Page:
Remote Street Life

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Up in the more remote parts of Highland Scotland, there are breathtaking roads which wind their way through steep glens and over mountain passes, with just a thin strip of Tarmac. These single track roads can offer thrilling driving experiences rolling for miles with no traffic lights, stop junctions or changing speed limits, no roundabouts or pedestrians, just you and the hills. This particular one track road twists and turns over the Bealach na Ba, the Pass of the Cattle, and it rises from sea level to 2053ft in just five hair raising minutes. Clinging to the side of the steep cliffs it eventually takes on hairpin bends, and remember that if you meet someone coming in the other direction one of you has to reverse to the nearest passing place. You can’t drive this road in auto-pilot and the adrenaline will keep you wide awake living every minute, feeling every bump and curve.
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There is so much going on between the twisting turns and the steep incline that it’s hard to take in much else, but the crumbling mountains and the wildlife all call for attention too. This a street full of action, but so far removed from city driving that it’s like learning a whole new set of rules.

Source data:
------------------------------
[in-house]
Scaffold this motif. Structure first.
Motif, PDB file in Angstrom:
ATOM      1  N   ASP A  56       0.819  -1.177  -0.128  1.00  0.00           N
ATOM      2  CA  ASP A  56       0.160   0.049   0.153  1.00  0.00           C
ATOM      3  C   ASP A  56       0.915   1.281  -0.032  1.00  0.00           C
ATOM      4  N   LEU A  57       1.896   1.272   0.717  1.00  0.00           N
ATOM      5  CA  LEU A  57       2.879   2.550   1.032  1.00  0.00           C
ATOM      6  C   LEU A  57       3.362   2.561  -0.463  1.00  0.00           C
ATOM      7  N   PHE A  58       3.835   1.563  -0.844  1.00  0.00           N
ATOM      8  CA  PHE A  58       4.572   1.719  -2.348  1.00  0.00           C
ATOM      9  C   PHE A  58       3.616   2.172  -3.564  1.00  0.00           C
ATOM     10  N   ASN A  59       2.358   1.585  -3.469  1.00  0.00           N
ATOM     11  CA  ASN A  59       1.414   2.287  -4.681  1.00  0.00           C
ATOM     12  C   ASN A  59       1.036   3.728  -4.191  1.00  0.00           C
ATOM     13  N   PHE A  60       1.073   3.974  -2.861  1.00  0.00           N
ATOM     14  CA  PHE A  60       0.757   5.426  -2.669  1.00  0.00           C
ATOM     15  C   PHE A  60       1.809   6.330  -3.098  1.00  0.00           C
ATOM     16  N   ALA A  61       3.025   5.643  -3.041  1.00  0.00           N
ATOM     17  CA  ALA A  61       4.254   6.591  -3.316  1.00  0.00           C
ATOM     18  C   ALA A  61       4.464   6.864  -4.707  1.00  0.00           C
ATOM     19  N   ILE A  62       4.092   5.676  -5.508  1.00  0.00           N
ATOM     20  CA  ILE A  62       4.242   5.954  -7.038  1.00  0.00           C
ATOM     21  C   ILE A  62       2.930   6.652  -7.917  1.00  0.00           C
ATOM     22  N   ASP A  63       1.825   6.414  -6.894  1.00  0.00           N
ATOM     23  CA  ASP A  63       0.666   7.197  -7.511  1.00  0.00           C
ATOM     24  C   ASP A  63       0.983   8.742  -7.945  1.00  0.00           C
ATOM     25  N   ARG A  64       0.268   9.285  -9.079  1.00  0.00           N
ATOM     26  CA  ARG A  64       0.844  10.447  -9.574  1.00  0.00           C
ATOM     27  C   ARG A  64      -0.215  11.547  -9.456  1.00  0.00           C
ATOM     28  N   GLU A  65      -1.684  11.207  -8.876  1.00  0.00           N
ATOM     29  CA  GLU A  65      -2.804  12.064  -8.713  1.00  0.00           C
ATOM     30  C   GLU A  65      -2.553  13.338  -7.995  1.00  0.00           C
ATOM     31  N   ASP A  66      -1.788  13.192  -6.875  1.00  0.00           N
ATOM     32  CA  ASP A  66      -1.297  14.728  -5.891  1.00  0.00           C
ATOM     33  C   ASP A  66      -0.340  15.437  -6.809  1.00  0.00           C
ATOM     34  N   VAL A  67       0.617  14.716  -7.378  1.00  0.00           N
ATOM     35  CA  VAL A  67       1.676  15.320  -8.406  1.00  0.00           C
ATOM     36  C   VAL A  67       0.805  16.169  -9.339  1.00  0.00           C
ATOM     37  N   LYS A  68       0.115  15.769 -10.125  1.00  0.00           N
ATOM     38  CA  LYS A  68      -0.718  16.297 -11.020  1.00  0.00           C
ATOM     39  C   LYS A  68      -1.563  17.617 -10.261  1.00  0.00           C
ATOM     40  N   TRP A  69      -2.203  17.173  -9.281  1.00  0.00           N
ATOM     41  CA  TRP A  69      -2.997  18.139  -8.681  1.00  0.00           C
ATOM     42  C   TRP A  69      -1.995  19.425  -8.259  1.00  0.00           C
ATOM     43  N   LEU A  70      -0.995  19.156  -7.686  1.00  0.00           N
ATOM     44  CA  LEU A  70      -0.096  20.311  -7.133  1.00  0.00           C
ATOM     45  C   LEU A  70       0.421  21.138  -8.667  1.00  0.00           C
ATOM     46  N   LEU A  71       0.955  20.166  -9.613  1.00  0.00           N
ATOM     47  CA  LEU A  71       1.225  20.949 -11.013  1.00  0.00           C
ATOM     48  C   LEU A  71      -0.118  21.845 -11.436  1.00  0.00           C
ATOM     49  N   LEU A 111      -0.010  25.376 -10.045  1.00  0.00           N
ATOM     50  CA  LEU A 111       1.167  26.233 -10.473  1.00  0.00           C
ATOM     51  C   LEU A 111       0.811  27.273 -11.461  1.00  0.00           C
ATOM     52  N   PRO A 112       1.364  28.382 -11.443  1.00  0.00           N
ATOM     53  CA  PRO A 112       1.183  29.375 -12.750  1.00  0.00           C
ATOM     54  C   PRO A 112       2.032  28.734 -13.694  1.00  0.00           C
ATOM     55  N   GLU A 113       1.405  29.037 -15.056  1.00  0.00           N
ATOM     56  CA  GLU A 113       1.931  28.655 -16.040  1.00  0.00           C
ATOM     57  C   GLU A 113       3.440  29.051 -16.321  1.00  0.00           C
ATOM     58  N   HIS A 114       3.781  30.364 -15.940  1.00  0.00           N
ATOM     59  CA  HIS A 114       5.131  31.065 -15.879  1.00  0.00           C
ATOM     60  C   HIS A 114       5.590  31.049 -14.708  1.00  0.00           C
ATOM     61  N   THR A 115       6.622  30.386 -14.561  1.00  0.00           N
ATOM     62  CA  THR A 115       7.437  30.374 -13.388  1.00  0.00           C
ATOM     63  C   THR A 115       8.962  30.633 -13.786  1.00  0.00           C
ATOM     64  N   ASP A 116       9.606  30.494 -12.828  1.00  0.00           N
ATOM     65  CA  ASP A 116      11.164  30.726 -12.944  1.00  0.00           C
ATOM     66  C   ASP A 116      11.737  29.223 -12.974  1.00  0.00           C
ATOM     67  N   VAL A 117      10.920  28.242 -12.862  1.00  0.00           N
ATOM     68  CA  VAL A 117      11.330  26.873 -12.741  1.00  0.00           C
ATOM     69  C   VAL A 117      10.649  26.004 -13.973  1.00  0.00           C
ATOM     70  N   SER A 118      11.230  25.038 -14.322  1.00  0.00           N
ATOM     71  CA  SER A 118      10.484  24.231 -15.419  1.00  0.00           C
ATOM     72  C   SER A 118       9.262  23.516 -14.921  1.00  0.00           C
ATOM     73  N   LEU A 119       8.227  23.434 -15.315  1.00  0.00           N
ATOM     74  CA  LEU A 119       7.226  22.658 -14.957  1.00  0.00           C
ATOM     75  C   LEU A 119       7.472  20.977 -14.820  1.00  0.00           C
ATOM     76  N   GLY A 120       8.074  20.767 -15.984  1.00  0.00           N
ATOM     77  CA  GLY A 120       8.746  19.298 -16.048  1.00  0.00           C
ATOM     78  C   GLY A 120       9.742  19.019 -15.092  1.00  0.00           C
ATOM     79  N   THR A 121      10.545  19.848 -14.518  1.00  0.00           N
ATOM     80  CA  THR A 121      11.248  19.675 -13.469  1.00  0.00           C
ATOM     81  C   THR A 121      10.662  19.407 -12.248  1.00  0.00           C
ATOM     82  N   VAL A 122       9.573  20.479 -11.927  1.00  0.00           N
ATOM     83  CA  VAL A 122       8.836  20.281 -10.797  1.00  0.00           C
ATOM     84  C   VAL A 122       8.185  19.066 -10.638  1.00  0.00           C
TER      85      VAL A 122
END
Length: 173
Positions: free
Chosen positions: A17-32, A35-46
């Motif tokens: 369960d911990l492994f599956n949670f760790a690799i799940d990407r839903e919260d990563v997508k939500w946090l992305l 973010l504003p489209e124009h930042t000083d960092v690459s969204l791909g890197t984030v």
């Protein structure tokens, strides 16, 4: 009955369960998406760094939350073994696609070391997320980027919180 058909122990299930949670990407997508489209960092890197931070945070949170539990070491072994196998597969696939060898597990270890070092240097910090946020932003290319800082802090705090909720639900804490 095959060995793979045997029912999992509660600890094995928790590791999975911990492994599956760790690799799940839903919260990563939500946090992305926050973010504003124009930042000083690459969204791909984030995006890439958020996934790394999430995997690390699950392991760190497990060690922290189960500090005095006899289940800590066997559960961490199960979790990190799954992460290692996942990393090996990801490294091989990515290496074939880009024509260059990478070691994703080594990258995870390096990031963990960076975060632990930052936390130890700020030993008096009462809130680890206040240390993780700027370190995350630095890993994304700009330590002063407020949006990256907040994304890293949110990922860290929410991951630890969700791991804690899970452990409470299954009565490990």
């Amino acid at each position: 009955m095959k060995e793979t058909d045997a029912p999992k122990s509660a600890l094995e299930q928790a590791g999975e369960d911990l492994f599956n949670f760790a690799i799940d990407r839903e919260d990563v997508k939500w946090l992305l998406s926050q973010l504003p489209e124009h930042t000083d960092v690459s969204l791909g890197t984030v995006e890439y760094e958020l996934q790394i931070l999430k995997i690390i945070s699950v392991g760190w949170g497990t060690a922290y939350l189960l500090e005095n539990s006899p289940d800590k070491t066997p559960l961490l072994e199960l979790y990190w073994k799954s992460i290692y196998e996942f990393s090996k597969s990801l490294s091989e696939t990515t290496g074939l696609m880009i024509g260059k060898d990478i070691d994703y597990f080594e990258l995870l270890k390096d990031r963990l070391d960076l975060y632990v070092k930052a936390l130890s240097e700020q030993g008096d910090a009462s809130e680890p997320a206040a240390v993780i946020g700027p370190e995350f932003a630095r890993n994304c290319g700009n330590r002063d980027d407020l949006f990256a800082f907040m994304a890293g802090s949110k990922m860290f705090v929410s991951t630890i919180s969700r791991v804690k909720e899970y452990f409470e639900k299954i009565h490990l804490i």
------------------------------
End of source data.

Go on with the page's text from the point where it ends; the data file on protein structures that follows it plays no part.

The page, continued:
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About greenmackenzie

Hi, I'm Seonaid, and I share my home with my husband, my son and a collection of cats and dogs. I am forever snapping shots of things which catch my eye. I love art which is here now and gone tomorrow...like food and nature...but also have a passion for vintage and the ancient past! Nature is my favourite muse, with her wild ever shifting seasons. I have been using and teaching mindfulness and relaxation for over 12 years, and have yet to become any sort of expert :-) I'm a Psychotherapist, and run the Maggies Highlands Cancer Centre, in Inverness, Scotland.
This entry was posted in elemental, mindfulness, nature photo, philosophy, photos, thoughts, travel, weekly photo challenge and tagged , , , , , , , , . Bookmark the permalink.

27 Responses to Remote Street Life

  1. Lynne Ayers says:

    Stunning! We’re hoping to do some driving in Scotland next year, but I doubt if I can get brother-in-law, who does the driving, to take this on …. well, maybe.

    • It’s a stunning drive, but it’s one of the only roads in Britain with a warning “not suitable for learner drivers” !!
      Now that my cars have bigger engines I find it less scary than the first few times driving it in the tiny wee car I had back in the day 🙂

  2. Your blog breaths of peace & nature & I’m looking forward to following 🙂

  3. Leya says:

    And…this is my kind of road, my street life. Being able to see, listen and appreciate it…too many people are loosing it.

  4. Leya says:

    Wonderful! Lovely photos and stunning icicles!

  5. Amazing images, Seonaid. Love those icicles and the frozen waterfall.

  6. poppytump says: